Op Ed

Lead Poisoning and a Listening Session

More funds needed to protect city’s children. And more media attention to the issue.

By - Oct 27th, 2020 04:58 pm
Lead service lines replaced by the Milwaukee Water Works with corrosion control visible in pipe. Image from Milwaukee Water Works.

Lead service lines replaced by the Milwaukee Water Works with corrosion control visible in pipe. Image from Milwaukee Water Works.

On October 6 we participated in the virtual “Listening Session on the 2021 Budget.” For over three hours, Mayor Tom Barrett and Milwaukee Common Council members listened to 100 residents speak for two minutes each about their budget priorities. Council President Cavalier Johnson moderated the session. It was a respectful, passionate, public display of democracy in action. We commend Mayor Barrett and the Common Council for offering this session!

Afterward, we expected to hear from local media about what had happened. Not so! A search of local news archives to this day has not yielded much. Only Urban Milwaukee reported on the issue. Because alderpersons need support from their constituents to pass a revised budget, it is crucial that media report what the public said.

It is also important that our suburban neighbors and people across the state learn about this. In this hyper-partisan time, we need to convince more than our own legislators of the statewide legitimacy of issues such as the re-allocation of resources to health departments to best respond to lead-poisoned children.

A majority of those at the listening session indicated they wanted up to 75 million dollars moved from the police to budget-starved services in 2021 — to the Milwaukee Health Department (MHD), and to mental health, food and housing programs.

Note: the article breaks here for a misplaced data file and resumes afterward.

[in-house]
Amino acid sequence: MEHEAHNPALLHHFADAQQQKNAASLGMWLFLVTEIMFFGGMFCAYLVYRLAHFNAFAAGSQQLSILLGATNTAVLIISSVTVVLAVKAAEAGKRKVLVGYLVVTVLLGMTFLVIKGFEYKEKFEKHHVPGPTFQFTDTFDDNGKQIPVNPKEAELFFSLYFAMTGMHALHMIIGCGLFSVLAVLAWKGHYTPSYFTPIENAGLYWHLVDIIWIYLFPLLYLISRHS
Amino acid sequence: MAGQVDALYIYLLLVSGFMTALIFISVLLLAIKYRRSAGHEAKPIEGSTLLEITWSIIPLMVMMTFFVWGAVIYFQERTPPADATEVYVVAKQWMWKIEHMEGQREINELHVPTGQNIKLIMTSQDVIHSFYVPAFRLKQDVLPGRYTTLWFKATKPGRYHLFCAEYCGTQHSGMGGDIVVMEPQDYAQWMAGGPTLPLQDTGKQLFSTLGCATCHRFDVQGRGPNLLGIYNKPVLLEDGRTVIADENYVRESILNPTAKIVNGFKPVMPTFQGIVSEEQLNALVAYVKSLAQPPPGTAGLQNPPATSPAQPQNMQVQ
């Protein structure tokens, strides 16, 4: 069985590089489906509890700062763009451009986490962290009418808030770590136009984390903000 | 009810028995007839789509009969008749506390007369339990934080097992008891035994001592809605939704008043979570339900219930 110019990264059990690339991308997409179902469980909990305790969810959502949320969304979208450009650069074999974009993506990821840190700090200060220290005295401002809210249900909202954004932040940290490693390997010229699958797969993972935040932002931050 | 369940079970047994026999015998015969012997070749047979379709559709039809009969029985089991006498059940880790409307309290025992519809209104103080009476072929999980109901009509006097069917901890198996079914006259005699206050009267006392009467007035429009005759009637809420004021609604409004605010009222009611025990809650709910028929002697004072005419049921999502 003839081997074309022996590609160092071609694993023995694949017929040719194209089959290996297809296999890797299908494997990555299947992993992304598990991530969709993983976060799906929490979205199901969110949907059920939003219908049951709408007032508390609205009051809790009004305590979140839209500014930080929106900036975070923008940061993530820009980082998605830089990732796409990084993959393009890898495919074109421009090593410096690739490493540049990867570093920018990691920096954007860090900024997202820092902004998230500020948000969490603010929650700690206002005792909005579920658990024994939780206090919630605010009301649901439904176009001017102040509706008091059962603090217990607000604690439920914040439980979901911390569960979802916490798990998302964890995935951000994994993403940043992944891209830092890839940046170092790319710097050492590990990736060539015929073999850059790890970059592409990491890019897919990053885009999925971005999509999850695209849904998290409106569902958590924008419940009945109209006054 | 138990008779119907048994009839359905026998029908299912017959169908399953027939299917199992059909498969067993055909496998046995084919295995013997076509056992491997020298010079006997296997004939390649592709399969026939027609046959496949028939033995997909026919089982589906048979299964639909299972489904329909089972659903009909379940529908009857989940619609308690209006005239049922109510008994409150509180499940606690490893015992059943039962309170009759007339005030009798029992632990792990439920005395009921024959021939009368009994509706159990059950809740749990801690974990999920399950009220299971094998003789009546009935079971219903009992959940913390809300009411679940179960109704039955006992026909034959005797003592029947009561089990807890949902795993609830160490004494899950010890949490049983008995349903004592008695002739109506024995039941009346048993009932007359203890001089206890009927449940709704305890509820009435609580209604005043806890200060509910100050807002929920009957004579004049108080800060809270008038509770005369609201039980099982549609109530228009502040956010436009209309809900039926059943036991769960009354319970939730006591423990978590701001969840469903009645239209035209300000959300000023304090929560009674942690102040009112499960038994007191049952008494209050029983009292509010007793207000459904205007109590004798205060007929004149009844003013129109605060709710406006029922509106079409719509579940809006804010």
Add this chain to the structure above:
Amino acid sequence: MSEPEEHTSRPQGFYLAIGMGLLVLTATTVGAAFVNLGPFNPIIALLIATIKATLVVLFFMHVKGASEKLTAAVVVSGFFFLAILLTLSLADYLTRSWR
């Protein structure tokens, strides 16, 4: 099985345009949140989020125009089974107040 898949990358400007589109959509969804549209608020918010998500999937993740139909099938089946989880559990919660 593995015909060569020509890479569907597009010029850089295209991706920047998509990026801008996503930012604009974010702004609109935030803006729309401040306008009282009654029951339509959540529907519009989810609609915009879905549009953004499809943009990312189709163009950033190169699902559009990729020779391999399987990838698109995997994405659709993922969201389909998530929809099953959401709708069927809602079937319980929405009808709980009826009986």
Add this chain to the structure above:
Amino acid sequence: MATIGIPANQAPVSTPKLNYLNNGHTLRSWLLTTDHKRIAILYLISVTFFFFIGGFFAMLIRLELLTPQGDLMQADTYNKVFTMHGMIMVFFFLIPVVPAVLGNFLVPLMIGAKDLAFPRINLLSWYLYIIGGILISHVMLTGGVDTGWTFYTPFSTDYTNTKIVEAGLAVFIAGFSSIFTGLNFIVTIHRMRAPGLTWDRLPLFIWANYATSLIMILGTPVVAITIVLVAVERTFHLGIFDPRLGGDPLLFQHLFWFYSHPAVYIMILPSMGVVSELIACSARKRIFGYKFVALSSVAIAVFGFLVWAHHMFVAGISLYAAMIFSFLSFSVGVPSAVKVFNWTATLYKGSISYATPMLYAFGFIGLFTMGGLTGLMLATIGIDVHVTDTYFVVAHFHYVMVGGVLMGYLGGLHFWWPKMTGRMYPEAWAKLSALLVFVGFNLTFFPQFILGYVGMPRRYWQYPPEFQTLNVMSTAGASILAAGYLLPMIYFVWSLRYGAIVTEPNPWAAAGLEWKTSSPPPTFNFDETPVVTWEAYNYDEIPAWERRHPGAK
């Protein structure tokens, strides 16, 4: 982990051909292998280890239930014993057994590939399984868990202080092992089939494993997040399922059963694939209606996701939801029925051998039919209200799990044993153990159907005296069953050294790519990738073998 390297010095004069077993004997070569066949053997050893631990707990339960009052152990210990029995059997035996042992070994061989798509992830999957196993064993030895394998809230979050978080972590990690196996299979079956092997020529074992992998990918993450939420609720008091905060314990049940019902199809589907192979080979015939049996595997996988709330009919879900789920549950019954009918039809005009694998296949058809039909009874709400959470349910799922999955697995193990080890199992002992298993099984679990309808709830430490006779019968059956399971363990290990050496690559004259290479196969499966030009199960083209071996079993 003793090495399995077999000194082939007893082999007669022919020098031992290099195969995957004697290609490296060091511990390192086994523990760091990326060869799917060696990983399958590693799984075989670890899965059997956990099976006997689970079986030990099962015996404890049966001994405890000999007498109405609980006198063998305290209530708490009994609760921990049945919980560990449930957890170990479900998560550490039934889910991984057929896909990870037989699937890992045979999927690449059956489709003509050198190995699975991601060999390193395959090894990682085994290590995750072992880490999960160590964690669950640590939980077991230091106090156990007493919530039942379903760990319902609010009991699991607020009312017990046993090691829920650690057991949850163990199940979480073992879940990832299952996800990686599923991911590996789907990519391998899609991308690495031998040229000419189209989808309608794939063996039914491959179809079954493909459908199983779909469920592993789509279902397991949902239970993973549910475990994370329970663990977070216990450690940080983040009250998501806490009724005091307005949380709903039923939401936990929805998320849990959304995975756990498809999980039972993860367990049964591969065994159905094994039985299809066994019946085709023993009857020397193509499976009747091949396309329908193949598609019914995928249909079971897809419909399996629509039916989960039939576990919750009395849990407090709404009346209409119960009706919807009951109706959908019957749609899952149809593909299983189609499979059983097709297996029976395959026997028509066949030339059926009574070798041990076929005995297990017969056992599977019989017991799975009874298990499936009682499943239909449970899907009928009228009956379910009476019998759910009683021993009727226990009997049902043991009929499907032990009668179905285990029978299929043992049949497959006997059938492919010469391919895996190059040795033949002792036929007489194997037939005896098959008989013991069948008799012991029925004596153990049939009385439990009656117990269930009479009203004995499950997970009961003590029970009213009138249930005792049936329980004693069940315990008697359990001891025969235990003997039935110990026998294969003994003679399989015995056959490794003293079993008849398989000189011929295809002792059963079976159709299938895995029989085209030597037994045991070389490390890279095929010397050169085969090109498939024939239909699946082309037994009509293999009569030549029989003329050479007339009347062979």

The mayor and council members heard several representatives from the Coalition on Lead Emergency and the League of Women Voters of Milwaukee County ask that the MHD be given $3.55 million — the resources needed to assess (never mind the funds to abate) the homes of all 1,800 of Milwaukee’s children projected to be found lead-poisoned in 2021. Such in-home assessments for sources of lead include critical conversations with parents about how to protect their children. Without media reports, how will Milwaukee residents know the MHD is strapped for funds and can now do this for only about 7% of Milwaukee children identified as lead-poisoned? Or that this level of response will continue unless there is a budget change for 2021?

About three-fourths of the children identified in 2016 as lead-poisoned in the state of Wisconsin resided in Milwaukee County. In Ozaukee County, the poisoning rate was only half that in Milwaukee County. But since COVID-19, we’re all familiar with how increasing the number of those tested can increase the number of cases found. Over 20,000 children were tested in Milwaukee County in 2016, while only about 200 were tested in Ozaukee County. Even accounting for the ten-fold difference in population, each child in Milwaukee County was nine times more likely to be tested than a child in Ozaukee County. Lead-poisoned children are found in every county and they are more likely to be found if they are tested. The solution to childhood lead-poisoning requires both local and statewide efforts. Contrary to common perceptions, the state’s contribution to Milwaukee’s budget is too little, given that Milwaukee taxpayers have long returned more to state coffers.

Amplification of requests by Milwaukee residents is critically important not just for Milwaukee, but for citizens around our state. When media like Urban Milwaukee report on such events, citizens are empowered to call their representatives, such as the alders meeting this week to decide the budget. Hearing those informed voices is critical to council members and legislators across our state. Increased MHD funding says the lives of lead-poisoned children matter in Milwaukee. State support to address lead poisoning says the future of Wisconsin depends on all our children. Media coverage is crucial to this process.

More about the Lead Crisis

Read more about Lead Crisis here

Categories: Health, Op-Ed, Politics

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